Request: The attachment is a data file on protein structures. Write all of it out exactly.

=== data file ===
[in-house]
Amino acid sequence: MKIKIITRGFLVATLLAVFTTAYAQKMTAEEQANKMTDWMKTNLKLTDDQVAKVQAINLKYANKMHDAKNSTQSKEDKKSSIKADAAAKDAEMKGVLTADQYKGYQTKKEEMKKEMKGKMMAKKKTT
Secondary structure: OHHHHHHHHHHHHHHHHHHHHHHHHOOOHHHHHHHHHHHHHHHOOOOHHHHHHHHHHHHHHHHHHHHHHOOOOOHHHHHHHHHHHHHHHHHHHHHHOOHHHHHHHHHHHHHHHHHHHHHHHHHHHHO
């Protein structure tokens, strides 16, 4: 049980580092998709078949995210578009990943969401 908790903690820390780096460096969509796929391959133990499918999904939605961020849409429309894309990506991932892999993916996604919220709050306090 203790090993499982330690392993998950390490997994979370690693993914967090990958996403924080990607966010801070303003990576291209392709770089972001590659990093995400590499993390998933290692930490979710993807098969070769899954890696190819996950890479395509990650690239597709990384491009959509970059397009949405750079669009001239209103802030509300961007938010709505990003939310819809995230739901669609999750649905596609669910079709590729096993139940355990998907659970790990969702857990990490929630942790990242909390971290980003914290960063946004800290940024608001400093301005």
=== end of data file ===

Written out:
[in-house]
Amino acid sequence: MKIKIITRGFLVATLLAVFTTAYAQKMTAEEQANKMTDWMKTNLKLTDDQVAKVQAINLKYANKMHDAKNSTQSKEDKKSSIKADAAAKDAEMKGVLTADQYKGYQTKKEEMKKEMKGKMMAKKKTT
Secondary structure: OHHHHHHHHHHHHHHHHHHHHHHHHOOOHHHHHHHHHHHHHHHOOOOHHHHHHHHHHHHHHHHHHHHHHOOOOOHHHHHHHHHHHHHHHHHHHHHHOOHHHHHHHHHHHHHHHHHHHHHHHHHHHHO
């Protein structure tokens, strides 16, 4: 049980580092998709078949995210578009990943969401 908790903690820390780096460096969509796929391959133990499918999904939605961020849409429309894309990506991932892999993916996604919220709050306090 203790090993499982330690392993998950390490997994979370690693993914967090990958996403924080990607966010801070303003990576291209392709770089972001590659990093995400590499993390998933290692930490979710993807098969070769899954890696190819996950890479395509990650690239597709990384491009959509970059397009949405750079669009001239209103802030509300961007938010709505990003939310819809995230739901669609999750649905596609669910079709590729096993139940355990998907659970790990969702857990990490929630942790990242909390971290980003914290960063946004800290940024608001400093301005």